Advice for young Professionals

By | December 20, 2018

Every year I get asked a standard set of question during my trainings. Most of the time the question is phrased differently like “What do you think I should do next in my career?” or “Which technology should I focus on?” Having heard the question multiple times I have gotten lazy and stuck to my boiler plate answer of “try out a few different technologies and see which one you’re passionate about and then deep dive into it” Or “start reading a lot”. Over time it’s started to feel like the answer isn’t really helping them. Often what they want is a clear cut answer like Focus on Python, or you should be a DBA next. Most senior folk will agree with me that it’s a hard question to answer. Mainly because the answer changes from person to person. Some of us might be technically brilliant and have zero inter-personal skills, others vice versa.

So unlike the oracles at Delphi I decided to sit and really think about the answer this time.

I realized the technologies will changes and the company will put people in different projects regardless of their aptitude for it. So here are some lessons that should work in any case and in no specific order.

Decide how you’re going to measure yourself

For me it was simply how much money I made. This might come across as selfish but the fact is money / salary is a great indicator of what your company thinks your skills are worth. It can easily be compared across organizations and it a hard metric unlike things like job satisfaction (if you love what you do, you can make money from it and it won’t feel like work) and letters of appreciation. I am not saying everyone should do the same but it’s important to have a baseline. So pick one and see how you compare against it over the years.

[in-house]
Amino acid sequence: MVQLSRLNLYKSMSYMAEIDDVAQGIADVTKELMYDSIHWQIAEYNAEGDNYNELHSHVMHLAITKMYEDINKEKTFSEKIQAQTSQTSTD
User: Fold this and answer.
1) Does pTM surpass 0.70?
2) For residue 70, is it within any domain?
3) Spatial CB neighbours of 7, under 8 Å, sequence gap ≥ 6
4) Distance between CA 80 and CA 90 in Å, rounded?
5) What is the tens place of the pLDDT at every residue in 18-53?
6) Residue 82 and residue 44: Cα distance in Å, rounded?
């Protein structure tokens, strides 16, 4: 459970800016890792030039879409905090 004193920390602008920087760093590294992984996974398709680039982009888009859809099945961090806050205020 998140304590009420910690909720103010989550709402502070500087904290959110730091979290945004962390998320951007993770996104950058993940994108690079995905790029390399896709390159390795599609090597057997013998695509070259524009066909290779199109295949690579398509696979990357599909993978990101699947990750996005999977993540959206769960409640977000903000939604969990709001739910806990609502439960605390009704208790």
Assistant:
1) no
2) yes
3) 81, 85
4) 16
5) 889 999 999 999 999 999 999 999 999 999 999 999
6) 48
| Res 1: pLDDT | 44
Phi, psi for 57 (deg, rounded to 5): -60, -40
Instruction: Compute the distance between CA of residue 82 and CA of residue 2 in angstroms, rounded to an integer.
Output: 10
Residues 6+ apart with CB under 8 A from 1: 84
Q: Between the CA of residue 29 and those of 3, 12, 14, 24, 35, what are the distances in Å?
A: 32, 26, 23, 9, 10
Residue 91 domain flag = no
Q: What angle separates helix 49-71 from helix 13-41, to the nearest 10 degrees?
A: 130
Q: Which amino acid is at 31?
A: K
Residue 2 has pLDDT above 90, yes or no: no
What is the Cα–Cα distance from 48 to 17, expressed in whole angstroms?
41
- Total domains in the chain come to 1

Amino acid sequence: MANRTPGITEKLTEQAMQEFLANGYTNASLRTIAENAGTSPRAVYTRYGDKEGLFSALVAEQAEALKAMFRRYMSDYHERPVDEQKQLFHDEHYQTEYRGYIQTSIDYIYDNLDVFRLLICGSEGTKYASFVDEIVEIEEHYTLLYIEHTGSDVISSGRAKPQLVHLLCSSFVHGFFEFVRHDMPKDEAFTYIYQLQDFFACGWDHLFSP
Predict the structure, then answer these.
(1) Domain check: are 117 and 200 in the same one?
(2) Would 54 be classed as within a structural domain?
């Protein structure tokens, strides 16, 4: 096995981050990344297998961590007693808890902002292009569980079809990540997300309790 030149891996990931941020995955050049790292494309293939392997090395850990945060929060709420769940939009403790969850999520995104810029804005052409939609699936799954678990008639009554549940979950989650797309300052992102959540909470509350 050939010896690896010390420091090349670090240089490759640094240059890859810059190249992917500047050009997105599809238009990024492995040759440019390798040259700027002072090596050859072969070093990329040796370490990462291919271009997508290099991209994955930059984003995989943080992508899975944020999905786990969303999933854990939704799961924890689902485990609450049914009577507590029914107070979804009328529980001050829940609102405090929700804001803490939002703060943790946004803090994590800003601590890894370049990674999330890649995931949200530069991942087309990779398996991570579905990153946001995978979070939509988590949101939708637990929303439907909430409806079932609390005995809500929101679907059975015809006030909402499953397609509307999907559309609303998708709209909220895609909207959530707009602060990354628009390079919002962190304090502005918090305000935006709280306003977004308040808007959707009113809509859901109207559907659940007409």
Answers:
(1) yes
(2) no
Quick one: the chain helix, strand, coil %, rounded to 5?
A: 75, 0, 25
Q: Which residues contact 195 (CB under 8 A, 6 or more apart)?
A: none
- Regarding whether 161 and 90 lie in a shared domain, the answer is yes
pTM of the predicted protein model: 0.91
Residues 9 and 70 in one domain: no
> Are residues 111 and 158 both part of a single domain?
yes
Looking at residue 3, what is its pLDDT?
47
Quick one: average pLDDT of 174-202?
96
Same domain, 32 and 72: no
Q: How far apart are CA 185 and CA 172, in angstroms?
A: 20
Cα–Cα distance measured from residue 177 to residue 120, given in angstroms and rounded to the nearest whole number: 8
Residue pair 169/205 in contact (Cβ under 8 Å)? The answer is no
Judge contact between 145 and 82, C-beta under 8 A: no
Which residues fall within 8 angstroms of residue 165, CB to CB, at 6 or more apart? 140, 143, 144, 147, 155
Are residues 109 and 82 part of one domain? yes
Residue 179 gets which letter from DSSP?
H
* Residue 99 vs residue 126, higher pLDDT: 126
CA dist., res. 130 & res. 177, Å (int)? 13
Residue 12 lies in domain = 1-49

Don’t spend money you don’t have

One of the best decisions I have ever made was to get rid of my credit cards. As a young professional I was not very fiscally disciplined and often ended up buying things I hardly ever used or wanted. Getting rid of the credit card gave me an instant 30% hike in my salary. The first few months were difficult mostly because I had to cut the habit of buying without thinking. But after that it was awesome because the bank balance kept growing and finally I had something that resembled savings. This not only gave me the satisfaction of having hard cash but also gave me discipline, financial prudence and tested my will power more times than I can imagine. You will be surprised what all you can live without.

Take some time to learn

After getting my first job one the things I was most grateful for was “never having to ever study again”. It took me a while to understand the difference between studying and learning. Learning is something you do for yourself. Take some time in a month to read a book (doesn’t even have to be technical) inspiration can truly come from anywhere. Just recently I stopped playing my X Box and got back to reading again. Before I knew it I was done with 5 books and can feel my brain muscles enlarge. Half the things I write are inspired by what I read in a book.

Have a plan but be flexible

This is something I didn’t have for the first 8 years of my career so I just meandered from one job to another. But after my daughter was born things crystalized for me and it became obvious I need a plan. The best thing about having a plan is you have some destination you’re aiming for. Every once in a while you will think about it and judge how close you are to it. If you are far it will give you the kick in the pants you need to change course else it will bring the satisfaction of knowing you have nothing to worry about. Sure things can go wrong in the plan too, that is when the stuff I mentioned before will come handy.

Hopefully doing just this much will bring out enough change in you to be able to succeed anywhere.